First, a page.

So I'm not trying to defend the rights of Muslims to avoid federal and local laws through an appeal to Sharia law--quite the contrary. I just don't think it's fair to single out one group of loonies for wanting what other more established loony groups (at least in America) already have.
posted by bardic at 2:48 PM on March 22, 2006


How is this any different, qualitatively speaking, than the existence of dry counties?

Dios is right. If enough people vote to ban alcohol (or music, or pork, or scanty clothing), and if the ban is enforced without discrimination or sketchy police tactics, then it's constitutional. If you don't like it, vote and lobby against it. That's how democracy works.
posted by nebulawindphone at 3:25 PM on March 22, 2006


it's not usually a takeover imperative as it is a leave-me-alone imperative

"Only one ambition is worthy of Islam, to save the world from the curse of democracy: to teach men that they cannot rule themselves on the basis of man-made laws. Mankind has strayed from the path of God, we must return to that path or face certain annihilation." --Sheikh Muhammad bin Ibrahim al-Jubair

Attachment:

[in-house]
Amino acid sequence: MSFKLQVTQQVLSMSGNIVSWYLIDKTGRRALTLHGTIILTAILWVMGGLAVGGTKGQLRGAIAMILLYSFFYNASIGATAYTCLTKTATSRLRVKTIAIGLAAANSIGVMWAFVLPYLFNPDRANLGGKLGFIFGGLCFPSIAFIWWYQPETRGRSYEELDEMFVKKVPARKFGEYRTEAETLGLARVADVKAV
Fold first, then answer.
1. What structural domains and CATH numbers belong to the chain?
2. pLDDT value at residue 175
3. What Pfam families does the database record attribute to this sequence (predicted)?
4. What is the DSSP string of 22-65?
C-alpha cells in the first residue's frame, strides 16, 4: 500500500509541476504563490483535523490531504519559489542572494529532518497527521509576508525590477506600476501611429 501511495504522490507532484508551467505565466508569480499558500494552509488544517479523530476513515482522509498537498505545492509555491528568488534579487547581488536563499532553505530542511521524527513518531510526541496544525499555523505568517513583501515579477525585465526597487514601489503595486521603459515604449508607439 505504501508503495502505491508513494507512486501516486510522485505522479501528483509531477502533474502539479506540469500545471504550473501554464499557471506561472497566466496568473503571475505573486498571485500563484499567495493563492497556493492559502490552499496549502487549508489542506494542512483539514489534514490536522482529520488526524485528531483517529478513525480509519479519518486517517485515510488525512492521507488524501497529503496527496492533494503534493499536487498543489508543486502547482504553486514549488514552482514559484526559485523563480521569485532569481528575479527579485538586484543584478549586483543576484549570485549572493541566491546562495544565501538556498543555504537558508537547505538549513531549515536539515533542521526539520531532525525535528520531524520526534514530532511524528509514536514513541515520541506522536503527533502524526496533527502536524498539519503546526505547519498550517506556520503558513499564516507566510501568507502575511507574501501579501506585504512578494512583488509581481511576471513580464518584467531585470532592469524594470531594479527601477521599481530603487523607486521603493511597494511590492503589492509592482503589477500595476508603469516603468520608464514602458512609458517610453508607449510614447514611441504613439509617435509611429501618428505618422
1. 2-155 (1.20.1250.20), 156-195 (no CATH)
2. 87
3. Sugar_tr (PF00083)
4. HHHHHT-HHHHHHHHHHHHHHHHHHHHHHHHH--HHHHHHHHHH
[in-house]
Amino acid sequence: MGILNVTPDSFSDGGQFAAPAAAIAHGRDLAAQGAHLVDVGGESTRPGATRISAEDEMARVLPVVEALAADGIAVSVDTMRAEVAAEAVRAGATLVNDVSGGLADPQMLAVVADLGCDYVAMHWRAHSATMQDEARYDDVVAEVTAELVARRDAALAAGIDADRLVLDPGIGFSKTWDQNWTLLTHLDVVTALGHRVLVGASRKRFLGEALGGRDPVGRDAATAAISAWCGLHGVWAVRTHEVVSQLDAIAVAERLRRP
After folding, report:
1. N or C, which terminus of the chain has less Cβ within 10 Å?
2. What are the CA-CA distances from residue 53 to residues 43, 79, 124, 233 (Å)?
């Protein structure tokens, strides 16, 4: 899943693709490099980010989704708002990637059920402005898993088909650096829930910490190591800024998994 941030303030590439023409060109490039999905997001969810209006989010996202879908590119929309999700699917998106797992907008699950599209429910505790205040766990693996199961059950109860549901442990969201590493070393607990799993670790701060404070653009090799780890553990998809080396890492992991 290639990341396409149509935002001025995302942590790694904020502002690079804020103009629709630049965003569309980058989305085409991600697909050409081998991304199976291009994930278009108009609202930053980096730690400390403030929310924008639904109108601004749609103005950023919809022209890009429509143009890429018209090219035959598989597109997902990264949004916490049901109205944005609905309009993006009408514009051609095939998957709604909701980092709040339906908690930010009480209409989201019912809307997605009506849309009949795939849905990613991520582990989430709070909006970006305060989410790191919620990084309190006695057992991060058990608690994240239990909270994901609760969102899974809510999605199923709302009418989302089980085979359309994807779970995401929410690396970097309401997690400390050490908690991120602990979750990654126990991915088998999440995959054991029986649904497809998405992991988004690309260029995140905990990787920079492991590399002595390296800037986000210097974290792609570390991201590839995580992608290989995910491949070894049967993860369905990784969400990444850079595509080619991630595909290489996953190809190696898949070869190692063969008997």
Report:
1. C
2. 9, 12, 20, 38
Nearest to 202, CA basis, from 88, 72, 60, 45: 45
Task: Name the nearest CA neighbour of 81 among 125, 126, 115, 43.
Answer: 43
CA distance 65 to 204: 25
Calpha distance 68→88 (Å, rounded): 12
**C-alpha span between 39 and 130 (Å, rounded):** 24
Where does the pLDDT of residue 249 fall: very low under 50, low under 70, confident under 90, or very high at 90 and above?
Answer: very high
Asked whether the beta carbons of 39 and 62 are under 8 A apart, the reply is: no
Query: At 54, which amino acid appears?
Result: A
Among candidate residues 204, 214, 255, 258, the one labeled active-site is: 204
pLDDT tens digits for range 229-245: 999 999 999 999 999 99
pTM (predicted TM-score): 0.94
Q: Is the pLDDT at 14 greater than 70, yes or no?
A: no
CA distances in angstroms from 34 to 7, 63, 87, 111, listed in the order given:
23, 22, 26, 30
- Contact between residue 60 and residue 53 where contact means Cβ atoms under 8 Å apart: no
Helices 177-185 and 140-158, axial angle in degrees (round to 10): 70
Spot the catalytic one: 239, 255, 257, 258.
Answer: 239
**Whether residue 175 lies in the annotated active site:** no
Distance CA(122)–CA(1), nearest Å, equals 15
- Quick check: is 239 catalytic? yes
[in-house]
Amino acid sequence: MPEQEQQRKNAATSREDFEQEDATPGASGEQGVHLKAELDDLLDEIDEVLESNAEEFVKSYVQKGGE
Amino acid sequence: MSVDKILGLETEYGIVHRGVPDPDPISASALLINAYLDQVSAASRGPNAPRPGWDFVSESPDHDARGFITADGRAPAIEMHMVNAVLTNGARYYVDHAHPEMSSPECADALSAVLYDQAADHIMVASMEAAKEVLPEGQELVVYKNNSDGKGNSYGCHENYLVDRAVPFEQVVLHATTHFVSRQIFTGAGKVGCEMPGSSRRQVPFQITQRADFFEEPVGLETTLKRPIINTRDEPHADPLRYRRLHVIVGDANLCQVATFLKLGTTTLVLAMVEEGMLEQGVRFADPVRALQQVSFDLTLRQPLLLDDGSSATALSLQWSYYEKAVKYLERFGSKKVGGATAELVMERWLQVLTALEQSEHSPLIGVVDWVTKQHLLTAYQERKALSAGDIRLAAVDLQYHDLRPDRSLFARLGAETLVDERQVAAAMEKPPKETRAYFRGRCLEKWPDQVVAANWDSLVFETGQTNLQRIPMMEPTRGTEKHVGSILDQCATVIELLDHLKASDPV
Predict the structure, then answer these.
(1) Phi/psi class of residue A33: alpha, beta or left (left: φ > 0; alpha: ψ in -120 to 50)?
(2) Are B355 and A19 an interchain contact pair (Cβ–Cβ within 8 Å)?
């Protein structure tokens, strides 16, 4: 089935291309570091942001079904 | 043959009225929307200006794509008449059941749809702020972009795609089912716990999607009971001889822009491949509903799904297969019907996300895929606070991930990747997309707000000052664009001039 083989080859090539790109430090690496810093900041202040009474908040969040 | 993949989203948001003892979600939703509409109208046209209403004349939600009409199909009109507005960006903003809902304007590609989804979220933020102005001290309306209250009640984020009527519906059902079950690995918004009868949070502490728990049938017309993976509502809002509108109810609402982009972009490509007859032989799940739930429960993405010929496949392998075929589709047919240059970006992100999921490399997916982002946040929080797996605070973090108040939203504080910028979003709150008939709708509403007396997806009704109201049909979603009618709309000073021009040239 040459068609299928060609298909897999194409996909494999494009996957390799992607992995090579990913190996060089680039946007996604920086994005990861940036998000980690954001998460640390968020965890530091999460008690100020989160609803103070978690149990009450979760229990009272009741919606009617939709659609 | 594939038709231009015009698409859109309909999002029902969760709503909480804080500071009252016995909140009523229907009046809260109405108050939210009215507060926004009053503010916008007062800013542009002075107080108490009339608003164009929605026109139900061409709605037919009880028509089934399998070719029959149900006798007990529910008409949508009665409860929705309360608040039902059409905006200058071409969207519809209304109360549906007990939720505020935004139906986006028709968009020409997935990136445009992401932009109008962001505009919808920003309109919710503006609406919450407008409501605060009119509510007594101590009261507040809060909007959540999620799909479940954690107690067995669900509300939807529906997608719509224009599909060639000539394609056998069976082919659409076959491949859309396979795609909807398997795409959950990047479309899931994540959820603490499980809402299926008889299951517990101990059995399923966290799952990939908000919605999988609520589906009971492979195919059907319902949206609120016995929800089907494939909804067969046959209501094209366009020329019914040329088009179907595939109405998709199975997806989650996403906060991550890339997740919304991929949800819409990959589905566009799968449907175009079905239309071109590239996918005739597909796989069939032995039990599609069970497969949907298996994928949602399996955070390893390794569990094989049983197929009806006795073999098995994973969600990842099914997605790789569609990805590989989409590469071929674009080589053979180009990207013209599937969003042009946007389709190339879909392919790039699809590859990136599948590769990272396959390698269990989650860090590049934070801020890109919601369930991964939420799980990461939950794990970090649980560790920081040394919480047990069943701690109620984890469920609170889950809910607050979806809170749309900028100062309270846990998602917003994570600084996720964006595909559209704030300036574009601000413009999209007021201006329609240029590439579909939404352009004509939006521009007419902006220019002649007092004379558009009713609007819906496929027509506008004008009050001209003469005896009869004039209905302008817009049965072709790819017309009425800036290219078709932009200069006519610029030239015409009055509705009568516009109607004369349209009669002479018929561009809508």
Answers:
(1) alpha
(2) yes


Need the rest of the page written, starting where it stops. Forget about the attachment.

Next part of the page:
posted by semmi at 3:28 PM on March 22, 2006


And according to Fred Phelps, all true Christians think that God hates fags. Next.

Qualitatively, religious texts don't just sit uneasily next to a secular documents like the Constitution (and Bill of Rights), they have inherent assumptions that are contradictory. The dry county thing is a red herring anyways--if a county board passed laws legalizing slavery again, you can be sure state and federal lawmakers would be quick to intervene. You can vote to disallow your right to purchasing alcohol, but you cannot vote to disallow Constitutional protections.
posted by bardic at 3:45 PM on March 22, 2006


Ah, so inside this enclave, any financial transactions involving interest will be illegal, anyone who steals and gets caught will lose a hand, and adulterers will be stoned to death, eh?

I think the Constitution has something to say about most of that, and the banks will cover the other.